Friday, June 29, 2012
See Large Fish-eating Birds in Utah
Dutch John -- You can see ospreys, in the air and on top of their huge nests, at the Thirteenth Annual Flaming Gorge Osprey Watch.
The free event will be held July 7 on the peninsula next to the visitor center parking lot at Flaming Gorge dam in northeastern Utah.
Viewing runs from 9 a.m. to noon.
"We set up in the morning because the birds are usually more active early, before it gets hot and before the wind starts to blow in the afternoon," says Ron Stewart, regional conservation outreach manager for the Utah Division of Wildlife Resources.
Stewart says the osprey watch is always a fun event. "Osprey are usually visible all morning," he says, "which gives us an opportunity to introduce visitors to these unusual birds of prey. It's also fun to talk with viewers who know ospreys well and hear their stories about ospreys from other areas."
Stewart says Flaming Gorge draws osprey like a magnet -- the largest breeding osprey colony in Utah, and one of the largest osprey populations in the interior part of the western United States, are found at the reservoir.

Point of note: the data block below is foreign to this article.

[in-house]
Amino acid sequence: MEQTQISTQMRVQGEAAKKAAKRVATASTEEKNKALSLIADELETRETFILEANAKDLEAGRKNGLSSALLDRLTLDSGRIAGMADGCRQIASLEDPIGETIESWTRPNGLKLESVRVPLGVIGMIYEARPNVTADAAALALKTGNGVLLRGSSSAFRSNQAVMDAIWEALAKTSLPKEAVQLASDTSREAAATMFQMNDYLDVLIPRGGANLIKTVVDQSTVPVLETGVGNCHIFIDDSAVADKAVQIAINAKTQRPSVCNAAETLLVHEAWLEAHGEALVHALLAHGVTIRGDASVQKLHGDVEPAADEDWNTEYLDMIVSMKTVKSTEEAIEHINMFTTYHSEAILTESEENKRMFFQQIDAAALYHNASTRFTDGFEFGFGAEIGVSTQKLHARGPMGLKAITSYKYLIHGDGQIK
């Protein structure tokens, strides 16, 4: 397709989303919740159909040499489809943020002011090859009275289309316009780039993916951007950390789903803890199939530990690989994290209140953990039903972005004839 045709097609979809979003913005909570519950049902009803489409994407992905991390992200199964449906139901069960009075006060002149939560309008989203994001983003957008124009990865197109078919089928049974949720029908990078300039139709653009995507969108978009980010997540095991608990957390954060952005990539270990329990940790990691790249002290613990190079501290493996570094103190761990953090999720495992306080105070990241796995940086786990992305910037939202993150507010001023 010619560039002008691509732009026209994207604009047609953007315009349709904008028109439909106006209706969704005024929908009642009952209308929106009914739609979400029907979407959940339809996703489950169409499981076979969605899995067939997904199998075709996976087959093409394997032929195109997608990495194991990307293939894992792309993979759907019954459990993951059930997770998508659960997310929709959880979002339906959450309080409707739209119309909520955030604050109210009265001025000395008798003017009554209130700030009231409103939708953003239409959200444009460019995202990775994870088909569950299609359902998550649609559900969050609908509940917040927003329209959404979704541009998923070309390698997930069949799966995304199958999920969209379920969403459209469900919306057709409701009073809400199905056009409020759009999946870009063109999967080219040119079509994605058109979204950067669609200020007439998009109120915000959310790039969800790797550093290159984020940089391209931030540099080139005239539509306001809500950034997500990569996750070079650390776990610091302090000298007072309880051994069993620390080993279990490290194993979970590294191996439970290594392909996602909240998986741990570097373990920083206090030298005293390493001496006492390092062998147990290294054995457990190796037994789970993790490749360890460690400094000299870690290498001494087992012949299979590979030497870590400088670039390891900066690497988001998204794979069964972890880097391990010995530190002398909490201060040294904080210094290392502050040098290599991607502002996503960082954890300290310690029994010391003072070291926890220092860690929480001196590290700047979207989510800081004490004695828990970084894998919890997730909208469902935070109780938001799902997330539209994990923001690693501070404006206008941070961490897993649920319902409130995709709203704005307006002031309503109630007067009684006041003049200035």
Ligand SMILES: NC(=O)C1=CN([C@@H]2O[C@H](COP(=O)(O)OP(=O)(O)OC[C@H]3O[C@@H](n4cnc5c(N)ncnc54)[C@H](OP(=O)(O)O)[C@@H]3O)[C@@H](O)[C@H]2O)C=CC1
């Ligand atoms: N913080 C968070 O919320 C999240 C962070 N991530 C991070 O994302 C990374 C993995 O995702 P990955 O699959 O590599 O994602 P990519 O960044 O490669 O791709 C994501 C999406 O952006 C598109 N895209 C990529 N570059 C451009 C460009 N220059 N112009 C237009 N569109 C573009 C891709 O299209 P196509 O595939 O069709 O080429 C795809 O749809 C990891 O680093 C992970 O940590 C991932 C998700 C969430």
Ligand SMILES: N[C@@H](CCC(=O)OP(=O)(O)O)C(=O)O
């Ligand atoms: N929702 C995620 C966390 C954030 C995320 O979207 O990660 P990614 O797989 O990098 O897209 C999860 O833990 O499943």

"The osprey return to Flaming Gorge every year to breed and raise their young," Stewart says. "A breeding pair will build on the same nest year after year, so a 10-foot tall nest is a fairly common sight at the Gorge. We'll aim spotting scopes at a couple of the nests so you can see the females and their young."
In addition to the spotting scopes, displays will be available that will help you learn more about the life history of these unusual fish-eating birds.
"Often, visitors get to see a male bring a fish in so the female can feed its chicks," Stewart says. "In past years, a few visitors have even been treated to the rare site of an osprey catching a fish.
"Besides the ospreys, other birds of prey, including golden eagles, turkey vultures and American kestrels, are frequently spotted."
For more information, call the DWR's Northeastern Region office at (435) 781-9453.
Ron Stewart, DWR Northeastern Region Conservation Outreach Manager (435) 781-5311 or (435) 781-9453